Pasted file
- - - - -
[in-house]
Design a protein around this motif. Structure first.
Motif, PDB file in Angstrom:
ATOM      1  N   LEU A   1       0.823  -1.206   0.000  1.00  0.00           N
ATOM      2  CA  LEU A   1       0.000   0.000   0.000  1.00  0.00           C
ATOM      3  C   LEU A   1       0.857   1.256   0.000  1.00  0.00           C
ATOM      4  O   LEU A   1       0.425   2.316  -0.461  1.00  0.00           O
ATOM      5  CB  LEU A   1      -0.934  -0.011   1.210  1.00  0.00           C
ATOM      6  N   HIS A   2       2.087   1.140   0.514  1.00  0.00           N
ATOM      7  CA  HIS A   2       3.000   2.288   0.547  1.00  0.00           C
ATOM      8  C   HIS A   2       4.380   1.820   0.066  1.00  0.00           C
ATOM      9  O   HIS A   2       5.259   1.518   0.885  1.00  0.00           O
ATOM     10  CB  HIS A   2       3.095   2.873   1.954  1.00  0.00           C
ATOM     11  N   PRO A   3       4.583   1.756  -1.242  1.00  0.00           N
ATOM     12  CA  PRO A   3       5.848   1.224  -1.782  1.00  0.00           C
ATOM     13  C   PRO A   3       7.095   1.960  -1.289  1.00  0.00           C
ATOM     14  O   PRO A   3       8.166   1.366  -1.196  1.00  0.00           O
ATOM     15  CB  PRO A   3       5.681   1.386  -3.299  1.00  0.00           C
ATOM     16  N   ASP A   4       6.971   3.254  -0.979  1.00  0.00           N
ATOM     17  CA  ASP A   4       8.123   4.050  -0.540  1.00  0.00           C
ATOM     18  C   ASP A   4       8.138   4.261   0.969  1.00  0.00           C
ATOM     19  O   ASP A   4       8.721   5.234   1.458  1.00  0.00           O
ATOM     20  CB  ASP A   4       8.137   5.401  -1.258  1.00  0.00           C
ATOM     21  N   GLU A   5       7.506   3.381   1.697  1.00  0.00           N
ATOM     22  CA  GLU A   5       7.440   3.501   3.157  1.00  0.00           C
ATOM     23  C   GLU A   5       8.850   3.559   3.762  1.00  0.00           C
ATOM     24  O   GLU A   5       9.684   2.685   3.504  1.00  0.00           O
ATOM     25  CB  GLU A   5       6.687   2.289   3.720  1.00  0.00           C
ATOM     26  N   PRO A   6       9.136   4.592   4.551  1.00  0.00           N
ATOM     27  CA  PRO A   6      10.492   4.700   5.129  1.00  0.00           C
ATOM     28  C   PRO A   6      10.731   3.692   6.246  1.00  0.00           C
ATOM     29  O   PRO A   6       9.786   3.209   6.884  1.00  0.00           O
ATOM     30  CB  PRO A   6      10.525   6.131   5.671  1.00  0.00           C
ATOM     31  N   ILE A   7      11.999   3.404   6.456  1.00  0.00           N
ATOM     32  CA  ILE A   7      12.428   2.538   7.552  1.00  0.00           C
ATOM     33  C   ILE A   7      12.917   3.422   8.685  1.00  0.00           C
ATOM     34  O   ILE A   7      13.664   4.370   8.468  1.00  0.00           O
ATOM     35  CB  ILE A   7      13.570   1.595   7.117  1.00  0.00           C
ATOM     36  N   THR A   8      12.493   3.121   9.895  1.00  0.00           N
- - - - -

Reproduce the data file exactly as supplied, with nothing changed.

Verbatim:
[in-house]
Design a protein around this motif. Structure first.
Motif, PDB file in Angstrom:
ATOM      1  N   LEU A   1       0.823  -1.206   0.000  1.00  0.00           N
ATOM      2  CA  LEU A   1       0.000   0.000   0.000  1.00  0.00           C
ATOM      3  C   LEU A   1       0.857   1.256   0.000  1.00  0.00           C
ATOM      4  O   LEU A   1       0.425   2.316  -0.461  1.00  0.00           O
ATOM      5  CB  LEU A   1      -0.934  -0.011   1.210  1.00  0.00           C
ATOM      6  N   HIS A   2       2.087   1.140   0.514  1.00  0.00           N
ATOM      7  CA  HIS A   2       3.000   2.288   0.547  1.00  0.00           C
ATOM      8  C   HIS A   2       4.380   1.820   0.066  1.00  0.00           C
ATOM      9  O   HIS A   2       5.259   1.518   0.885  1.00  0.00           O
ATOM     10  CB  HIS A   2       3.095   2.873   1.954  1.00  0.00           C
ATOM     11  N   PRO A   3       4.583   1.756  -1.242  1.00  0.00           N
ATOM     12  CA  PRO A   3       5.848   1.224  -1.782  1.00  0.00           C
ATOM     13  C   PRO A   3       7.095   1.960  -1.289  1.00  0.00           C
ATOM     14  O   PRO A   3       8.166   1.366  -1.196  1.00  0.00           O
ATOM     15  CB  PRO A   3       5.681   1.386  -3.299  1.00  0.00           C
ATOM     16  N   ASP A   4       6.971   3.254  -0.979  1.00  0.00           N
ATOM     17  CA  ASP A   4       8.123   4.050  -0.540  1.00  0.00           C
ATOM     18  C   ASP A   4       8.138   4.261   0.969  1.00  0.00           C
ATOM     19  O   ASP A   4       8.721   5.234   1.458  1.00  0.00           O
ATOM     20  CB  ASP A   4       8.137   5.401  -1.258  1.00  0.00           C
ATOM     21  N   GLU A   5       7.506   3.381   1.697  1.00  0.00           N
ATOM     22  CA  GLU A   5       7.440   3.501   3.157  1.00  0.00           C
ATOM     23  C   GLU A   5       8.850   3.559   3.762  1.00  0.00           C
ATOM     24  O   GLU A   5       9.684   2.685   3.504  1.00  0.00           O
ATOM     25  CB  GLU A   5       6.687   2.289   3.720  1.00  0.00           C
ATOM     26  N   PRO A   6       9.136   4.592   4.551  1.00  0.00           N
ATOM     27  CA  PRO A   6      10.492   4.700   5.129  1.00  0.00           C
ATOM     28  C   PRO A   6      10.731   3.692   6.246  1.00  0.00           C
ATOM     29  O   PRO A   6       9.786   3.209   6.884  1.00  0.00           O
ATOM     30  CB  PRO A   6      10.525   6.131   5.671  1.00  0.00           C
ATOM     31  N   ILE A   7      11.999   3.404   6.456  1.00  0.00           N
ATOM     32  CA  ILE A   7      12.428   2.538   7.552  1.00  0.00           C
ATOM     33  C   ILE A   7      12.917   3.422   8.685  1.00  0.00           C
ATOM     34  O   ILE A   7      13.664   4.370   8.468  1.00  0.00           O
ATOM     35  CB  ILE A   7      13.570   1.595   7.117  1.00  0.00           C
ATOM     36  N   THR A   8      12.493   3.121   9.895  1.00  0.00           N